Filibuster “reform” — intermittently called, over the last decade or so, the “nuclear option” — is something of a moving target. We have consistently maintained that a majority of the Senate may constitutionally curtail the filibuster or leave it as it is. But particular exercises of that power may be deeply unwise or even obnoxious. So it is in the case of the current Democratic initiative.
Details remain murky, but it appears that Harry Reid intends to force the minority to mount a “talking filibuster” on cloture votes, meaning dissenting senators will have to physically occupy the floor to assert their minority rights at all. And he plans to outright end the 60-vote requirement on most procedural matters, including, critically, the motion to begin debate on legislation. This change reduces the minority’s ability to compel the majority to let them offer amendments to bills. Reid has greatly expanded the practice of “filling the tree,” disallowing Republican amendments to protect his caucus from potentially damaging votes. Many Republican filibusters led by Minority Leader Mitch McConnell have been punitive responses to this practice. Freed of such a threat, Reid would have more time to push his agenda and less incentive to allow Republican input.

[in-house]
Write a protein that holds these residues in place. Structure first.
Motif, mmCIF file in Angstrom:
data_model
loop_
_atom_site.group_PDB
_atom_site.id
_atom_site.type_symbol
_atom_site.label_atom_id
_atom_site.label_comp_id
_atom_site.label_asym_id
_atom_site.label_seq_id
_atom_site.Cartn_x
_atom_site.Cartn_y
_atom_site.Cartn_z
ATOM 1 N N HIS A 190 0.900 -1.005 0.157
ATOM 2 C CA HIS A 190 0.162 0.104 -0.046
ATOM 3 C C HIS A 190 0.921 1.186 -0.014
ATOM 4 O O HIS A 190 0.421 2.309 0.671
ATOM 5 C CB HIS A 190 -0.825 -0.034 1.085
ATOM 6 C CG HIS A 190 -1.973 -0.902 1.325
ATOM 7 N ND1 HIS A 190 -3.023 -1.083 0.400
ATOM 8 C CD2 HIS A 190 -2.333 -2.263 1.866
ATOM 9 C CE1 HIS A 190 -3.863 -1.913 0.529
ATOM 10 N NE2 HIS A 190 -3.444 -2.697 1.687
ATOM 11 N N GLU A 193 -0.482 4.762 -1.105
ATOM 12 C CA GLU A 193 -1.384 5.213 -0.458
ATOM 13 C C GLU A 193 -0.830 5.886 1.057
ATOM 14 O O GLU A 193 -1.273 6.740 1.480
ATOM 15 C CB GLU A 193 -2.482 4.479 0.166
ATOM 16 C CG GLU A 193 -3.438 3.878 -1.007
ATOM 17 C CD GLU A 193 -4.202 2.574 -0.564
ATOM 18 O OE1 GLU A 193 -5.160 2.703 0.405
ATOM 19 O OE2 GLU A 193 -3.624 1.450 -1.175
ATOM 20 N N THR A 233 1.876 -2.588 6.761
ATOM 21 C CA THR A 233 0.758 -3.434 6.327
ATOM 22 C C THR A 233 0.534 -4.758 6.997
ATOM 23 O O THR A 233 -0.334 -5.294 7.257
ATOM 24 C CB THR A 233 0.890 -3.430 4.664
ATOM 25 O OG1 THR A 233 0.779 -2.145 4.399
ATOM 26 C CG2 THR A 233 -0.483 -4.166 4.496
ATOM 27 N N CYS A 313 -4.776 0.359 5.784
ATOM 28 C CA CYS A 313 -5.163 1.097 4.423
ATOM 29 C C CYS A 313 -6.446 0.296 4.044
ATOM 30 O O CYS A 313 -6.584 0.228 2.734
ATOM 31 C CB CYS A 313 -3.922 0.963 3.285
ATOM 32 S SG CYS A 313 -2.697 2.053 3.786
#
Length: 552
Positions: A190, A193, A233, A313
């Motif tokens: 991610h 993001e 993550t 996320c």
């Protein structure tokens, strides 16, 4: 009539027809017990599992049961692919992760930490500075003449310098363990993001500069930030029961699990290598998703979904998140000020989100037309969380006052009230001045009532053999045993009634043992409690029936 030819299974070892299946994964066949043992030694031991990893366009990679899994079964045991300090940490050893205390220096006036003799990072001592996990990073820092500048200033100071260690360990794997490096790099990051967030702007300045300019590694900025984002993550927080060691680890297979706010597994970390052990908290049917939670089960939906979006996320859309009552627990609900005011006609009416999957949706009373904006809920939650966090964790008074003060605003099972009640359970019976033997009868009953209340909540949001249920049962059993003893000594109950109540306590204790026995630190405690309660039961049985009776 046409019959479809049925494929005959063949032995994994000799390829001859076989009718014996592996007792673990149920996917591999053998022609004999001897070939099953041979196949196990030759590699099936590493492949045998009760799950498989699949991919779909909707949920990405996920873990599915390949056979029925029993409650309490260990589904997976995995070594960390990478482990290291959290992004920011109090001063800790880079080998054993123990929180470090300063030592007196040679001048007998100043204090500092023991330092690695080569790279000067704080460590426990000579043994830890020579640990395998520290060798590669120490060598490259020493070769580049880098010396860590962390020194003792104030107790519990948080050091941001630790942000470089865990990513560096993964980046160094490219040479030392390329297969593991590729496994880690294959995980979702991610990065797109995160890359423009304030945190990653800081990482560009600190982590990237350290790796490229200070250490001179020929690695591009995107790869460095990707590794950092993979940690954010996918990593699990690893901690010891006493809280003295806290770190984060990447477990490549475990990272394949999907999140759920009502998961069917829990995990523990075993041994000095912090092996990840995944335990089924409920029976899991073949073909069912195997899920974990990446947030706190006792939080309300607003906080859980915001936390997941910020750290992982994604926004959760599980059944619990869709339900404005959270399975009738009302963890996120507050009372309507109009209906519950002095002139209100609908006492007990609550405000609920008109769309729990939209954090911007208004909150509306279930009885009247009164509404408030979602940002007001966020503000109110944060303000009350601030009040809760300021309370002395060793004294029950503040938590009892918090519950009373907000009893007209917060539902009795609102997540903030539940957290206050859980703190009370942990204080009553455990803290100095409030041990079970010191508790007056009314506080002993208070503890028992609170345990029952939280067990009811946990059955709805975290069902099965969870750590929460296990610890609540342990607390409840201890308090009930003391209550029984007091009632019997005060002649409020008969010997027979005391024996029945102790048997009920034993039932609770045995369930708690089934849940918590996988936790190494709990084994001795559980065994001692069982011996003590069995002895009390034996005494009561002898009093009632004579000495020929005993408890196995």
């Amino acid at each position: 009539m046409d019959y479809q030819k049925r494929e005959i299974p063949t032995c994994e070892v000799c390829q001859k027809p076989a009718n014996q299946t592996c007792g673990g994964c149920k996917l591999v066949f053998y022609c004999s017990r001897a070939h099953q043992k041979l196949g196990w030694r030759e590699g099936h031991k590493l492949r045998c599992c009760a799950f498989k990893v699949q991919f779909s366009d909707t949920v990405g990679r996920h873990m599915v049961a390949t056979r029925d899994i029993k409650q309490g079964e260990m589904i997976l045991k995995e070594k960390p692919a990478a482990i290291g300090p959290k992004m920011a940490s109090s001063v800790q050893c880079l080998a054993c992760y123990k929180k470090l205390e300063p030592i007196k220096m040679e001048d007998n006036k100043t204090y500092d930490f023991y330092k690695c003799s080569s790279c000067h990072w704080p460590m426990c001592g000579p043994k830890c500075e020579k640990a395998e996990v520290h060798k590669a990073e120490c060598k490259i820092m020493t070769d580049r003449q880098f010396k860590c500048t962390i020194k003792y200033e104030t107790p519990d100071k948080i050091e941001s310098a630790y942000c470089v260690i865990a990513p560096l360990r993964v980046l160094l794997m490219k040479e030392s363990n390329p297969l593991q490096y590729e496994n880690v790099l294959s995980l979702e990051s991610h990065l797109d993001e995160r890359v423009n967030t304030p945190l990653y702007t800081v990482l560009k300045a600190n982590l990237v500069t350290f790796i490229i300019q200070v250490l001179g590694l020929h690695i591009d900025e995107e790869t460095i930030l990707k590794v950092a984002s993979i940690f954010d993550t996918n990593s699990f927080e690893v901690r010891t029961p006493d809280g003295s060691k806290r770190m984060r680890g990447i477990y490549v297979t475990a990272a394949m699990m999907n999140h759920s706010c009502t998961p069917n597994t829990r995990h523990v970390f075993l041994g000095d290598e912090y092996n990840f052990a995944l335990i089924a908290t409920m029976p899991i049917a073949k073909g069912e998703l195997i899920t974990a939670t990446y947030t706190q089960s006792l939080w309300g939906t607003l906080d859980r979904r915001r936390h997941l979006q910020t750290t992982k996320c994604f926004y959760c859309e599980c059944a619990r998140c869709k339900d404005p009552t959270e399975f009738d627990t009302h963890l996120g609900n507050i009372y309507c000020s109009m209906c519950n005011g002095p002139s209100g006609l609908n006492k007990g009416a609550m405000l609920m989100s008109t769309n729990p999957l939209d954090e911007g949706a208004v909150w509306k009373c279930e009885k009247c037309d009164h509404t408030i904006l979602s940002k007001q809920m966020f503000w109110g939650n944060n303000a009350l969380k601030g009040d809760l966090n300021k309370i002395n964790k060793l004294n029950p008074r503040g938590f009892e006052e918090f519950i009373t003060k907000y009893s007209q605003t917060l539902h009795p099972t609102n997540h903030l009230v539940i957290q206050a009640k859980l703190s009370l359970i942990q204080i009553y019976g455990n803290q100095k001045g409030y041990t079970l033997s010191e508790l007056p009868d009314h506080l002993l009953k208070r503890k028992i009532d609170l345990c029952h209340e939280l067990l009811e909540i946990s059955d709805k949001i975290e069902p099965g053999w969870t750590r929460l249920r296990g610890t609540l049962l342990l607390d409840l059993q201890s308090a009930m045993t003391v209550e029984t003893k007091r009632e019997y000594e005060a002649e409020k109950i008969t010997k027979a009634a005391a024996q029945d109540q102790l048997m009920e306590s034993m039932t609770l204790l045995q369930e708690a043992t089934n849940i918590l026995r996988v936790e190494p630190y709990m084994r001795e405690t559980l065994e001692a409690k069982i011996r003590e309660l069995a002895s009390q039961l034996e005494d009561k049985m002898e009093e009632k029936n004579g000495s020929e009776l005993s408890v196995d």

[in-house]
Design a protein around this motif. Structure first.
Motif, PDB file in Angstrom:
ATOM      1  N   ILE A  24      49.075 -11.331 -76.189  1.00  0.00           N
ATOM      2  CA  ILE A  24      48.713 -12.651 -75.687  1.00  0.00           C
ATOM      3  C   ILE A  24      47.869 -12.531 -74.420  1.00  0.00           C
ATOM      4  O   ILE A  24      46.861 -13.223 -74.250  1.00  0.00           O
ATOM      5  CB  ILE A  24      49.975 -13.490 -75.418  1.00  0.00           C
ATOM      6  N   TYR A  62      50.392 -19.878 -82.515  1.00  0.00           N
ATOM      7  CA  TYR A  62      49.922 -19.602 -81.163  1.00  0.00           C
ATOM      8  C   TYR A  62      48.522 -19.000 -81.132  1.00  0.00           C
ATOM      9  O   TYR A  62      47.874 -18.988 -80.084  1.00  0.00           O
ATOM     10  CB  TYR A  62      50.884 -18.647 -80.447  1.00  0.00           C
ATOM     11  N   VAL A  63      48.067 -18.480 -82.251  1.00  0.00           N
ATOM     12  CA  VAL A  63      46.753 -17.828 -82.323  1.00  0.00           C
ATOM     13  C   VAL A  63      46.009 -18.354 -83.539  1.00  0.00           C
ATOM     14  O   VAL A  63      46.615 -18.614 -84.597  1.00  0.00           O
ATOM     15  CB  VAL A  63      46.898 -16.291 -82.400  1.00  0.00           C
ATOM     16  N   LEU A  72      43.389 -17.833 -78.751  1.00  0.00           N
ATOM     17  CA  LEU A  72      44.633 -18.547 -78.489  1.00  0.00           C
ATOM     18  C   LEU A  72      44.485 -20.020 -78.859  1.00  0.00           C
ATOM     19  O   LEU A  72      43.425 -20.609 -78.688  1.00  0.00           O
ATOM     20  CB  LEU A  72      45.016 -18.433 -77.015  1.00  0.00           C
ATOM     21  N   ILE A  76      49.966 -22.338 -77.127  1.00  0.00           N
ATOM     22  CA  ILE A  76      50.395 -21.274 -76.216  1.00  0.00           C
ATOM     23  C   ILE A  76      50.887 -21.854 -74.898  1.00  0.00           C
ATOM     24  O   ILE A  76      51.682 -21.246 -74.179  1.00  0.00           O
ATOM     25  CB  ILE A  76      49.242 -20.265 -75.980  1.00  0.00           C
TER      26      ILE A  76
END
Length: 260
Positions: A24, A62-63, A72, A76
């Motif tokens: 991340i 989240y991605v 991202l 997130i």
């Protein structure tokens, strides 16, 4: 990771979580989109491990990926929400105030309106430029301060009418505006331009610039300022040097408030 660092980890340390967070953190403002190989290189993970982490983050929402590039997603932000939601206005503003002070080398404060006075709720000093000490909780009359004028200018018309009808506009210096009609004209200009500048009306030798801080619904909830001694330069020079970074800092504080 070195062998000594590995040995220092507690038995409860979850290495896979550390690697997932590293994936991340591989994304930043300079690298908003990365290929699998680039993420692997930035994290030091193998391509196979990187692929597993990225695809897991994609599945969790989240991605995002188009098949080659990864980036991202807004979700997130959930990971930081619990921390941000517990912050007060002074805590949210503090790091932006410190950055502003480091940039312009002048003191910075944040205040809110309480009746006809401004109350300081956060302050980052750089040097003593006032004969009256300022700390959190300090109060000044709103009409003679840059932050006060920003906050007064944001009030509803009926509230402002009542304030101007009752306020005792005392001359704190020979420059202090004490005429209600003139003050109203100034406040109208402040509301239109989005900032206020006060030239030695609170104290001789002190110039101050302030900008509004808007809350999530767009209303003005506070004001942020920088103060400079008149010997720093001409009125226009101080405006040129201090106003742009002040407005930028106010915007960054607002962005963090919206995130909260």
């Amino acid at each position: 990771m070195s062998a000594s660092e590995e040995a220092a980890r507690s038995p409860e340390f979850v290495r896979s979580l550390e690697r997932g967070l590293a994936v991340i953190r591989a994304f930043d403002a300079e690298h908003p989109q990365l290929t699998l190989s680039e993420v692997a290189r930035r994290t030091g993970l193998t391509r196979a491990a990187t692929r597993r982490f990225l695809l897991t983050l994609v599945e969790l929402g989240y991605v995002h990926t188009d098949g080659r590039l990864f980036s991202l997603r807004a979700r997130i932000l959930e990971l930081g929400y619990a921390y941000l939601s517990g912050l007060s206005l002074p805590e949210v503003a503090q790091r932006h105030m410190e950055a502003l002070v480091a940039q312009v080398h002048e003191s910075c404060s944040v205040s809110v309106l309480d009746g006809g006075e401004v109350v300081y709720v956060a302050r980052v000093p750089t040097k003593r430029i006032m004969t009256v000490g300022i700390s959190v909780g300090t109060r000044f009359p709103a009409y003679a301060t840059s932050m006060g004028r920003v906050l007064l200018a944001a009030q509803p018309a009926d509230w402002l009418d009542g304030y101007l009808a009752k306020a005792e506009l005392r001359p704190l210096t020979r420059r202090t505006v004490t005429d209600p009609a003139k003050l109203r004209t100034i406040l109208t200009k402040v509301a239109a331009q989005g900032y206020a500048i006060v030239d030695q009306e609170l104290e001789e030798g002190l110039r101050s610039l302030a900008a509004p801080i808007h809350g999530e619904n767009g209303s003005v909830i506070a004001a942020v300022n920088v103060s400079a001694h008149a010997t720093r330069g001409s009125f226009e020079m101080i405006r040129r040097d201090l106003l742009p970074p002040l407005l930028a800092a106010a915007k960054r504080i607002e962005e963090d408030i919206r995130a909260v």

Reid intends to do all this during a brief window at the start of the next Congress, when, it is argued (with not a little controversy), the Senate can determine its rules of order with a bare majority, and not the two-thirds vote typically required. In contrast with the House, the Senate considers itself a “continuing body,” meaning its rules carry from one Congress to the next. Reid’s stratagem would break radically from that tradition in order to push through the filibuster changes — as many have put it, effectively “breaking the rules to make the rules.”
If the proposed changes sound minor and the means of change arcane, let us simplify things: The Democrats look back at the last four years, in which they fundamentally reshaped the financial and health-care industries — in the latter case without the support of any Republicans, most independents, and some Democrats — and think they didn’t jam enough things through.
The filibuster is considered a threat to the velocity of the progressive agenda. Card check, cap-and-trade, and the like are the proximate ends of Senator Reid’s “reforms.” And should those reforms prove insufficient, he will have executed them in such a way as to set the precedent for their expansion, or for the elimination of the filibuster altogether, with 51 votes.
In 2005, we supported a rules change to end an unprecedented series of filibusters of judicial nominations. Reid’s campaign is not designed to restore the traditions of the Senate, as that effort was. Especially considered in combination with his attack on amendments, it is an assault on the deliberative character of the Senate. As such it deserves resistance — if only by a determined minority.